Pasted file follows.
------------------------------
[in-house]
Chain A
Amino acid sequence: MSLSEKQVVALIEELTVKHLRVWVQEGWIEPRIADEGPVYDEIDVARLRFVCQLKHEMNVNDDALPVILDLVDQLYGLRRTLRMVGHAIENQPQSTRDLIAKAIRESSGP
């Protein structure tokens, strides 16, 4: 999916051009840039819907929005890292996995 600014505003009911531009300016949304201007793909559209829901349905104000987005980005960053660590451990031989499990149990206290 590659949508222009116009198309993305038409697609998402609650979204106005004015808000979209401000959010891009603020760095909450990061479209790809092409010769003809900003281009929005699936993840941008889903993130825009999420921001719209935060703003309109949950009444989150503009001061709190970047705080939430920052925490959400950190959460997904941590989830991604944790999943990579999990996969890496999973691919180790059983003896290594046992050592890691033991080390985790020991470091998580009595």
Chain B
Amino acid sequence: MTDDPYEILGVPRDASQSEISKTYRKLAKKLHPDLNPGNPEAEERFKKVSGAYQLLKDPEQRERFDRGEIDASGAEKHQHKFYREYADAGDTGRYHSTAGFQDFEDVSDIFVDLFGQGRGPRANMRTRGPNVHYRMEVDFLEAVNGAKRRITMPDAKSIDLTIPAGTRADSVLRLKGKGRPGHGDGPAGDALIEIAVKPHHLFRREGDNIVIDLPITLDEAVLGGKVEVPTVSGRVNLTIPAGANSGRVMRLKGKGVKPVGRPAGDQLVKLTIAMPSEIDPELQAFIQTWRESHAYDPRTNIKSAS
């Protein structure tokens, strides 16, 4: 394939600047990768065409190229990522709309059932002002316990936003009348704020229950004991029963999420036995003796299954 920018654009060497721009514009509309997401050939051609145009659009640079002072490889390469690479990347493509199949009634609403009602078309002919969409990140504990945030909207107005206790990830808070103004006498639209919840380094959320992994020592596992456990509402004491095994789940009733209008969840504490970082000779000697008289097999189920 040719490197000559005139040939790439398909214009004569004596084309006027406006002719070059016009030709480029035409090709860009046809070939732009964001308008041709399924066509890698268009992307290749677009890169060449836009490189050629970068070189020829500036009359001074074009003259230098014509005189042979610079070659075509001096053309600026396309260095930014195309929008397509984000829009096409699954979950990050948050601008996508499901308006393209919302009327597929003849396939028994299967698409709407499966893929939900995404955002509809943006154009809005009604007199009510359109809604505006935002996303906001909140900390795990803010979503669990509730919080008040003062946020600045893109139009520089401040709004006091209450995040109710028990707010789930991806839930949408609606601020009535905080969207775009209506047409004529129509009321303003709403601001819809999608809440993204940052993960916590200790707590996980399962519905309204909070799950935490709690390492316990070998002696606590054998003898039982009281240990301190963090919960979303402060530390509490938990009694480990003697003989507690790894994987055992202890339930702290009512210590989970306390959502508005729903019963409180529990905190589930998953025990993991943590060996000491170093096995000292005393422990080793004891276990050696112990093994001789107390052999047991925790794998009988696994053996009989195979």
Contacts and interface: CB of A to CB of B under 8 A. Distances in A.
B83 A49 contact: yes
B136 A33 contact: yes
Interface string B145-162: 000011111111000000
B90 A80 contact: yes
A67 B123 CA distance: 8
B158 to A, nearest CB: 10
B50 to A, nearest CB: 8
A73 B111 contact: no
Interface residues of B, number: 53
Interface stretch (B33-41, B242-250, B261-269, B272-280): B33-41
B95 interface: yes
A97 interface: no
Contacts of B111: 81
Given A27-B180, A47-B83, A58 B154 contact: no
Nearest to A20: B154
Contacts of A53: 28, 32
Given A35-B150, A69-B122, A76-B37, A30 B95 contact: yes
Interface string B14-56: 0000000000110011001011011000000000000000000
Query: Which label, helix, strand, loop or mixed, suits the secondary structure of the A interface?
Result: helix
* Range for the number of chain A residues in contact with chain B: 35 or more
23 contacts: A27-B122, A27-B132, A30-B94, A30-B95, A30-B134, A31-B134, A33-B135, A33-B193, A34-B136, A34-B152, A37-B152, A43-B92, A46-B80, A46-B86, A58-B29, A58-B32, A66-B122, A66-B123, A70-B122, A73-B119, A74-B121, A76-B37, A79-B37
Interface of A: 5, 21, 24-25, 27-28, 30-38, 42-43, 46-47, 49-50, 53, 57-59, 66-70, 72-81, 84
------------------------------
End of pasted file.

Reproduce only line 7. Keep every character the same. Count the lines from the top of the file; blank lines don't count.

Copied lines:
């Protein structure tokens, strides 16, 4: 394939600047990768065409190229990522709309059932002002316990936003009348704020229950004991029963999420036995003796299954 920018654009060497721009514009509309997401050939051609145009659009640079002072490889390469690479990347493509199949009634609403009602078309002919969409990140504990945030909207107005206790990830808070103004006498639209919840380094959320992994020592596992456990509402004491095994789940009733209008969840504490970082000779000697008289097999189920 040719490197000559005139040939790439398909214009004569004596084309006027406006002719070059016009030709480029035409090709860009046809070939732009964001308008041709399924066509890698268009992307290749677009890169060449836009490189050629970068070189020829500036009359001074074009003259230098014509005189042979610079070659075509001096053309600026396309260095930014195309929008397509984000829009096409699954979950990050948050601008996508499901308006393209919302009327597929003849396939028994299967698409709407499966893929939900995404955002509809943006154009809005009604007199009510359109809604505006935002996303906001909140900390795990803010979503669990509730919080008040003062946020600045893109139009520089401040709004006091209450995040109710028990707010789930991806839930949408609606601020009535905080969207775009209506047409004529129509009321303003709403601001819809999608809440993204940052993960916590200790707590996980399962519905309204909070799950935490709690390492316990070998002696606590054998003898039982009281240990301190963090919960979303402060530390509490938990009694480990003697003989507690790894994987055992202890339930702290009512210590989970306390959502508005729903019963409180529990905190589930998953025990993991943590060996000491170093096995000292005393422990080793004891276990050696112990093994001789107390052999047991925790794998009988696994053996009989195979």